Skip to main content

Advertisement

Microbial quality of poultry meat in an ISO 22000:2005 certified poultry processing plant of Kathmandu valley

Article metrics

Abstract

Poultry meat can be contaminated by different types of microorganisms during processing in processing plant. The microbiological quality of chicken carcasses and along with processing steps and environmental condition was analyzed in this study in an ISO 22000:2005 certified poultry processing plant of Kathmandu. Standard plate count method was applied for the enumeration and detection of total mesophilic bacteria, total coliform, total faecal coliform, Staphylococcus load along with selected pathogens like Salmonella spp., S. aureus, Escherichia coli, Clostridium perfringens, and Listeria spp. in chicken meat at four processing step (evisceration, final washing, frozen and market). It was observed that the level of microbial load decreased with subsequent processing phases in poultry processing plant where high level of bacteria were reduced during final washing and frozen phase. After processing poultry meat in an ISO 22000:2005 certified meat processing plant, total aerobic mesophilic count, total coliform count, total faecal coliform count, total Staphylococcus count were decreased from 6.92 to 4.45 log CFU/g, 3.49 to 2.19 log CFU/g, 2.41 to nil log CFU/g, and 3..43 to 1.99 log CFU/g respectively. Pathogenic bacteria like Salmonella spp., C. perfringens, and Listeria spp. were absent in chicken meat at the fourth processing step. Prevalence of E. coli was reduced from 37.4% to 10.2%, whereas S. aureus was decreased from 18.57% to 17.1%. It was concluded that the final washing and freezing steps were the Critical Control Point (CCP) to control microbial hazards in poultry processing phase.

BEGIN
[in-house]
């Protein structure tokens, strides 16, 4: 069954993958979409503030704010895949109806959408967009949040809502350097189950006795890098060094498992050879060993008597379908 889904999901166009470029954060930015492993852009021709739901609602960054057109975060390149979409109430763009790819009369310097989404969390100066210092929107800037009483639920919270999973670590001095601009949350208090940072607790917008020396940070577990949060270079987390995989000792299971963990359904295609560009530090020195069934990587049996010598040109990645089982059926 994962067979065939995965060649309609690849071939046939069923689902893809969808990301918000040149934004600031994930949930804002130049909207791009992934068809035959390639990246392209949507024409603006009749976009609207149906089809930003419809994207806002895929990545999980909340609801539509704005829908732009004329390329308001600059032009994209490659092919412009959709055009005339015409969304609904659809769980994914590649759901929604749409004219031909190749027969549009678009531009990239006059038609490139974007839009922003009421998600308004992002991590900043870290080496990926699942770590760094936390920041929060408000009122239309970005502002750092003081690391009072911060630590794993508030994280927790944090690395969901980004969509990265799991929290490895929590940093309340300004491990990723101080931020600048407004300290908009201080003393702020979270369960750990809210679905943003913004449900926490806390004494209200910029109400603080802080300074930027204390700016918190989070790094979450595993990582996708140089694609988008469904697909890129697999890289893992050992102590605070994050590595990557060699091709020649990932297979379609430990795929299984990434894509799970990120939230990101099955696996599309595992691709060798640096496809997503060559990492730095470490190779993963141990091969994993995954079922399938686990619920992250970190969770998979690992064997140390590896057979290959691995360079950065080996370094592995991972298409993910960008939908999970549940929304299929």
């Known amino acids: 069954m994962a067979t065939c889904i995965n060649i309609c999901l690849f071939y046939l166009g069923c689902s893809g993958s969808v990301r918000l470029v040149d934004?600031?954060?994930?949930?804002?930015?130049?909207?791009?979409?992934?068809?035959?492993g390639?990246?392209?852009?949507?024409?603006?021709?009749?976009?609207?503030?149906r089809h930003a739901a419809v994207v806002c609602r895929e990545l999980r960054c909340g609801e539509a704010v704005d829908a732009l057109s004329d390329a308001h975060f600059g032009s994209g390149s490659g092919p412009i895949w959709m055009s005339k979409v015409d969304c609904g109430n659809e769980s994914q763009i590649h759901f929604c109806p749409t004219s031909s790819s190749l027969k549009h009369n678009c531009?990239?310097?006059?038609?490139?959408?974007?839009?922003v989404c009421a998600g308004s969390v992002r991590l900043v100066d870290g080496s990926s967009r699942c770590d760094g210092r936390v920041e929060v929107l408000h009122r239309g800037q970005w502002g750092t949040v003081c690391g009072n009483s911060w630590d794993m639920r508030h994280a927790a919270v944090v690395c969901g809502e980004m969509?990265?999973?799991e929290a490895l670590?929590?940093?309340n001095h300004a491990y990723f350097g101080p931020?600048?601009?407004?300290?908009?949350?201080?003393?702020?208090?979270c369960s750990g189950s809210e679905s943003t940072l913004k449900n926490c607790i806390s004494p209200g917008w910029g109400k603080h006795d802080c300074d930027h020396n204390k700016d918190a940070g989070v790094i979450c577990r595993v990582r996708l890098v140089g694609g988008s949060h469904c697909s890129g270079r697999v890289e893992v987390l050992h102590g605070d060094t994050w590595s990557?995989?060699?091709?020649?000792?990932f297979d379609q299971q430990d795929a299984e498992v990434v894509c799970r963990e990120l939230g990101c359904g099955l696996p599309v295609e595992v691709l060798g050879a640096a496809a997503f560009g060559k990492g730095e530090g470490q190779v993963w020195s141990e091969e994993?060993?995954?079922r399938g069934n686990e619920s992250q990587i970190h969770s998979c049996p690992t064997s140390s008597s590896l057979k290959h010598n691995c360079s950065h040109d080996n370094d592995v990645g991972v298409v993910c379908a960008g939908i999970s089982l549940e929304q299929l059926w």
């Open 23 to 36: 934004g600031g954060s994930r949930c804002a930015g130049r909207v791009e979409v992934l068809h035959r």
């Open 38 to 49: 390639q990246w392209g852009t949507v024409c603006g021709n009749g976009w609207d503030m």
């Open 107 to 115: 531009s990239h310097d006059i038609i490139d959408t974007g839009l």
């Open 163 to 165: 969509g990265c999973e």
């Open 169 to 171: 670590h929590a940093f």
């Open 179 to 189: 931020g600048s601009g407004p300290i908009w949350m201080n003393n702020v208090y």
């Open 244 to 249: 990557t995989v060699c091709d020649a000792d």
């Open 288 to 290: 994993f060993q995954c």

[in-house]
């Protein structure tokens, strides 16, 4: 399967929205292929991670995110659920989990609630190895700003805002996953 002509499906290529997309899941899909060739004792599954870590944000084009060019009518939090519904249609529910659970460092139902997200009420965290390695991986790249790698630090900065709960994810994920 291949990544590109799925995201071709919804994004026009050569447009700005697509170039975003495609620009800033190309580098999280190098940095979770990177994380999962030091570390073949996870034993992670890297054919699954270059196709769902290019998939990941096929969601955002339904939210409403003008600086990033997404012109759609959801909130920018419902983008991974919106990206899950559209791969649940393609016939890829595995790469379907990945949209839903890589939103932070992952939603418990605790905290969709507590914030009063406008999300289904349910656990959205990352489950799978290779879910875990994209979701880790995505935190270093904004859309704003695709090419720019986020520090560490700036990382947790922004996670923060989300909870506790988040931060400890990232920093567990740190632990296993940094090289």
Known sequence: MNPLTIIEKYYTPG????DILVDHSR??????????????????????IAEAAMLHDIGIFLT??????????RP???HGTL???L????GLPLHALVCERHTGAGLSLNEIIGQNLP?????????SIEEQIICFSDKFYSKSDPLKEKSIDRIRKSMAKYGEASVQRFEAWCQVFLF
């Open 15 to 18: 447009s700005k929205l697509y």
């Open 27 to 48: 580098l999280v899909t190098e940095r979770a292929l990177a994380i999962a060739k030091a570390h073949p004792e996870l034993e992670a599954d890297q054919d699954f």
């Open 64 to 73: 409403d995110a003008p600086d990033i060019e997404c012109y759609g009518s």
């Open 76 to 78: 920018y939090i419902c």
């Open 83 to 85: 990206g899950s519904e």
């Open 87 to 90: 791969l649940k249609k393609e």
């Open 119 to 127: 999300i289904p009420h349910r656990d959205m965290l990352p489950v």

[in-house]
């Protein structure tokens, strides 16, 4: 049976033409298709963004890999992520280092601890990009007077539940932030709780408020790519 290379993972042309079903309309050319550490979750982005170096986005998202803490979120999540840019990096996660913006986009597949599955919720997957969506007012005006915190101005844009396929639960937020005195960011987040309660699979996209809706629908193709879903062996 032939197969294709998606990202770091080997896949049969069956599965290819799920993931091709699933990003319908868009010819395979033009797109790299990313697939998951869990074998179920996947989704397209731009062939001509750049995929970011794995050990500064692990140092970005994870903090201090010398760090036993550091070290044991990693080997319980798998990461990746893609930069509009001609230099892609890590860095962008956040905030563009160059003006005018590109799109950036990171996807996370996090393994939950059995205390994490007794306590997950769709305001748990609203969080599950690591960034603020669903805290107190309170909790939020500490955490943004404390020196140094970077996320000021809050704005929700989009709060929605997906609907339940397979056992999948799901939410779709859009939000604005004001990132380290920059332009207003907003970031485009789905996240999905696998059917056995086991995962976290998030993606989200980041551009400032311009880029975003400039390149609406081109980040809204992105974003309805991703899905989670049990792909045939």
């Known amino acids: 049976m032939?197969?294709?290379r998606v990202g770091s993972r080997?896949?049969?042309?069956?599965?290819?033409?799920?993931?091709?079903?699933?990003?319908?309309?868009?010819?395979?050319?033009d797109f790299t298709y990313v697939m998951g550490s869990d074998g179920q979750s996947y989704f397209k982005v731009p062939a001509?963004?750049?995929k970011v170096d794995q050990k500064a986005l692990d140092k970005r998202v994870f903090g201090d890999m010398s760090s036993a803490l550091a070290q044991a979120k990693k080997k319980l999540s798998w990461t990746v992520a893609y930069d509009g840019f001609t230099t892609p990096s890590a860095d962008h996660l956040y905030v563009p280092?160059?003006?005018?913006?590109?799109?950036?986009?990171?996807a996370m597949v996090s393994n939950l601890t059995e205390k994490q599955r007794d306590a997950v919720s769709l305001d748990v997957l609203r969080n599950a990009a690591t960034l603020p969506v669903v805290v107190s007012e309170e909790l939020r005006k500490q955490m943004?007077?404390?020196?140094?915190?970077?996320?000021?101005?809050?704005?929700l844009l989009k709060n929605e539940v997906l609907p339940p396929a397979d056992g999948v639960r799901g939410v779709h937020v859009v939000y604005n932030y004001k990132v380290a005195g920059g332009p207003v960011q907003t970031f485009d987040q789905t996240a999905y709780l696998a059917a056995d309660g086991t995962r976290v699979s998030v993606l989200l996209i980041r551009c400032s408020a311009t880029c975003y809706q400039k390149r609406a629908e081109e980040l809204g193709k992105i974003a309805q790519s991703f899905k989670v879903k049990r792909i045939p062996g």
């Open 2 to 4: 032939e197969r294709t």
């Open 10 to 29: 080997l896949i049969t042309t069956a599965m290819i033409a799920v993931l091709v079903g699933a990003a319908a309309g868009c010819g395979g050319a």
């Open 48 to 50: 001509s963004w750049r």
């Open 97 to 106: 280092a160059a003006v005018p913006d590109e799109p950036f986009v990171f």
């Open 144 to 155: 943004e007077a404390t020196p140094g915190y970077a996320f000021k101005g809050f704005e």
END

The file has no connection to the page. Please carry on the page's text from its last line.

Introduction